Hemp is used for many varieties of products including the manufacture of cordage of varying tensile strength, durable clothing and nutritional products. The bast fibers can be used in 100% hemp products, but are commonly blended with other organic fibers such as flax, cotton or silk, for apparel and furnishings, most commonly at a 55%/45% hemp/cotton blend. The inner two fibers of hemp are more woody and are more often used in non-woven items and other industrial applications, such as mulch, animal bedding and litter. The oil from the fruits (“seeds”) oxidizes (commonly, though inaccurately, called “drying”) to become solid on exposure to air, similar to linseed oil, and is sometimes used in the manufacture of oil-based paints, in creams as a moisturizing agent, for cooking, and in plastics. Hemp seeds have been used in bird feed mix as well.[2] A survey in 2003 showed that more than 95% of hemp seed sold in the EU was used in animal and bird feed.[3]

In modern times hemp is used for industrial purposes including paper, textiles, clothing, biodegradable plastics, construction (as with Hempcrete and insulation), body products, health food and bio-fuel.

In a new development hemp is being processed relatively inexpensively into electrodes possibly even more efficient than graphene for use in supercapacitors.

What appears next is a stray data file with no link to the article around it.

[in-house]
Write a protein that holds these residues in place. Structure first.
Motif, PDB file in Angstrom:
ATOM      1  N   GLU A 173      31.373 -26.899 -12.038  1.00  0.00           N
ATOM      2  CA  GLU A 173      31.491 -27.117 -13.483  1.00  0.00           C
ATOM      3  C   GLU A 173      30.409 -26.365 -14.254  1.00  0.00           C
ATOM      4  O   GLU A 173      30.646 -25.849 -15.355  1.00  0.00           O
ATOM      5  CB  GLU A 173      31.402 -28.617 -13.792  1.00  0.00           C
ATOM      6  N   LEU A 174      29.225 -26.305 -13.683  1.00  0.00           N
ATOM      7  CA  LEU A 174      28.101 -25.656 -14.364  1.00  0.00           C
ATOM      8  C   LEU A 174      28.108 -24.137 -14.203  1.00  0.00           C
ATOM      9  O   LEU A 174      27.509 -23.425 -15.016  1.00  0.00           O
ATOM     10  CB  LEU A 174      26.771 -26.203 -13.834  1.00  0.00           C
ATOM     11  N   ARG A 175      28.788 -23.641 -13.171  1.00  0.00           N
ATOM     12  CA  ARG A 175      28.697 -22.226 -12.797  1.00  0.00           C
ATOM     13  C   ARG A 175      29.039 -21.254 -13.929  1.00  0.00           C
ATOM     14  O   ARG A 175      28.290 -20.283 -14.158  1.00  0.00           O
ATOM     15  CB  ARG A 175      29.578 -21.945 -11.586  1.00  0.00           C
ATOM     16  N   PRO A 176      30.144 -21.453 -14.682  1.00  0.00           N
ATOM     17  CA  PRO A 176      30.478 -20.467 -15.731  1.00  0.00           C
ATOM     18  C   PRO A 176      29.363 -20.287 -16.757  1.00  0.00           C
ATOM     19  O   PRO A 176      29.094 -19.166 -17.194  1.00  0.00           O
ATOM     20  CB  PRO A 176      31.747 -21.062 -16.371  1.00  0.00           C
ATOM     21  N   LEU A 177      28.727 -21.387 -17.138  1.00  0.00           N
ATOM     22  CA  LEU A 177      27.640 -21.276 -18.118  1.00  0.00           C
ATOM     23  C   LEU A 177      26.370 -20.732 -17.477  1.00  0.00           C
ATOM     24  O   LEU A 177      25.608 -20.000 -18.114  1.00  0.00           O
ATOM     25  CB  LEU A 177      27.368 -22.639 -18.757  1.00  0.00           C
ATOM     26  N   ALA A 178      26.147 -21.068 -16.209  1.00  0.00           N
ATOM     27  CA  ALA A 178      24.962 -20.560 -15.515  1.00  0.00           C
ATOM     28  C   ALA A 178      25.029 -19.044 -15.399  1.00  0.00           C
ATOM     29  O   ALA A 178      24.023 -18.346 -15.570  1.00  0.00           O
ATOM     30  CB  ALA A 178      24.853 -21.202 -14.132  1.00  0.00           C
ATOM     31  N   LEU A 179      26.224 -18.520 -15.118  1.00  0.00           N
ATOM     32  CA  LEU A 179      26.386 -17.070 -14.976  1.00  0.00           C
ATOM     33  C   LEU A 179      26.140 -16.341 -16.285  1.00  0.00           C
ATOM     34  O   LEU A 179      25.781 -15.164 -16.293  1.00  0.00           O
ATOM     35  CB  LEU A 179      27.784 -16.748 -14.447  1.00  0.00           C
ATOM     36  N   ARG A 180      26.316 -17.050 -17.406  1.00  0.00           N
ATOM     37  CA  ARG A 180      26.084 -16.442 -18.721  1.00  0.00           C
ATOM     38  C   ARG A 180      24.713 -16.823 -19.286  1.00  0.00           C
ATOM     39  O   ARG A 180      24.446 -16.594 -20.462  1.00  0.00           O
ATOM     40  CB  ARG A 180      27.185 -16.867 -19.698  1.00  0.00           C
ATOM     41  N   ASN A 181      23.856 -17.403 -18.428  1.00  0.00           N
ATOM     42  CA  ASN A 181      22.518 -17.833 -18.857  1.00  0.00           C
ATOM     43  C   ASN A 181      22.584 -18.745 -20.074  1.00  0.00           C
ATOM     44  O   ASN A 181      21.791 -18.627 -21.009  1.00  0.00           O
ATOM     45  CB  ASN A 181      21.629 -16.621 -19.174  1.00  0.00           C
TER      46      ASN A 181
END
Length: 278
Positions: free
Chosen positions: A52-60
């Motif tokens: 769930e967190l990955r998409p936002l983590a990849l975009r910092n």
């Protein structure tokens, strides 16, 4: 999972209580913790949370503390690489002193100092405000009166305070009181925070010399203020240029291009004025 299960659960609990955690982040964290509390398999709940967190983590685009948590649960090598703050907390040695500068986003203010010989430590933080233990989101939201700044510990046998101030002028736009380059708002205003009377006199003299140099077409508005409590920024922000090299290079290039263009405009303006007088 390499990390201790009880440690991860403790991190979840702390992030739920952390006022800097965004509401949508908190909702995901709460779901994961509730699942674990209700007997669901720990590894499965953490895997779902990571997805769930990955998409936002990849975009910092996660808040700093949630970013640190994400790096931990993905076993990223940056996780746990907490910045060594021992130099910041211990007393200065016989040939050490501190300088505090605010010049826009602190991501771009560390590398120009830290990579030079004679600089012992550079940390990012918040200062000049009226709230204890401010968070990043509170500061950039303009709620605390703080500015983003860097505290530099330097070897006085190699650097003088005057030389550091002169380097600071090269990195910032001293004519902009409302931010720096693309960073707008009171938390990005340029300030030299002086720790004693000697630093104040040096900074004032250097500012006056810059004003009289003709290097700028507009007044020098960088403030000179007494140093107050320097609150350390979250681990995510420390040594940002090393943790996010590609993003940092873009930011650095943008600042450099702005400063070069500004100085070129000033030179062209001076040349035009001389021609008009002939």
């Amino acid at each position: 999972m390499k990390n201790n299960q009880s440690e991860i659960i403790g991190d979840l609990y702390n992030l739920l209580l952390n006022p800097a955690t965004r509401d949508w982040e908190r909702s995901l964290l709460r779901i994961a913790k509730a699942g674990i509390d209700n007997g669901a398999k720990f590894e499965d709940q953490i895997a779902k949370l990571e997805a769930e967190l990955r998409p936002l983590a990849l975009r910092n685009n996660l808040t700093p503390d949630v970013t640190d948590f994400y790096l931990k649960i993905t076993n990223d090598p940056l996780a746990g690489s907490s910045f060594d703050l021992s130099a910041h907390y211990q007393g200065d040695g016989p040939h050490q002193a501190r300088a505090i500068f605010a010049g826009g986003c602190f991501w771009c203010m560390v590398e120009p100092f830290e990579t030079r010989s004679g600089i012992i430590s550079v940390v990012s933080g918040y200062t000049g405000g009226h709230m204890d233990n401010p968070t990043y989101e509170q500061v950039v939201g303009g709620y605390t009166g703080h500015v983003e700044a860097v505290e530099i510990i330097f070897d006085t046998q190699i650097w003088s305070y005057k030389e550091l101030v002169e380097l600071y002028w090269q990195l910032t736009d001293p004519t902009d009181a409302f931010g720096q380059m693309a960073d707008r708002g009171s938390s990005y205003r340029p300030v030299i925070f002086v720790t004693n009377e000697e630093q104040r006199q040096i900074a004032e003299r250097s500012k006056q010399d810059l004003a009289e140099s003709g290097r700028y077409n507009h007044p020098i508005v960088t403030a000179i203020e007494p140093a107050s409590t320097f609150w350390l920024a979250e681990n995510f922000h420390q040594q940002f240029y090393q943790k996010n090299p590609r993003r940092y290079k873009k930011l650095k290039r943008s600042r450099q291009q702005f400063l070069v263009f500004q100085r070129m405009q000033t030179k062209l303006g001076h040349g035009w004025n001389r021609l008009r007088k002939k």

Hemp seeds can be eaten raw, ground into a meal, sprouted, made into hemp milk (akin to soy milk), prepared as tea,[5] and used in baking. The fresh leaves can also be consumed in salads. Products include cereals, frozen waffles, hemp milk ice cream, hemp tofu, and nut butters. A few companies produce value added hemp seed items that include the seed oils, whole hemp grain (which is sterilized by law in the United States, where they import it from China and Canada), dehulled hemp seed (the whole seed without the mineral rich outer shell), hemp flour, hemp cake (a by-product of pressing the seed for oil) and hemp protein powder. Even though hemp is marijuana‘s cousin, hemp seeds contain no THC (tetrahydrocannabinol),[citation needed] which is the psychoactive substance in marijuana.


Hemp Market Share

Within the UK, the Department for Environment, Food and Rural Affairs (Defra) has treated hemp as purely a non-food crop. Seed appears on the UK market as a legal food product, and cultivation licenses are available for this purpose. In North America, hemp seed food products are sold, typically in health food stores or through mail order. The United States Department of Agriculture has concluded that “the market potential for hemp seed as a food ingredient is unknown. However, it probably will remain a small market, like those for sesame and poppy seeds.”[6] Since 2007 the commercial success of hemp food products has grown considerably.[7][8]



Approximately 44% of the weight of hemp seed is edible oils, containing about 80% essential fatty acids (EFAs); e.g., linoleic acid, omega-6 (LA, 55%), alpha-linolenic acid, omega-3 (ALA, 22%), in addition to gamma-linolenic acid, omega-6 (GLA, 1–4%) and stearidonic acid, omega-3 (SDA, 0–2%). Proteins (including edestin) are the other major component (33%). Hempseed’s amino acid profile is comparable to other sources of protein such as meat, milk, eggs and soy.[9]

Protein Digestibility Corrected Amino Acid Score values, which measure the degree to which a food for humans is a “complete protein”, were 0.49-0.53 for whole hemp seed, 0.46-0.51 for hemp seed meal, and 0.63-0.66 for dehulled hemp seed.[10] Hemp proteins thus have a PDCAAS equal to or greater than certain grains, nuts, and some legumes. Soy protein, by comparison, has a PDCAAS value of 1.0.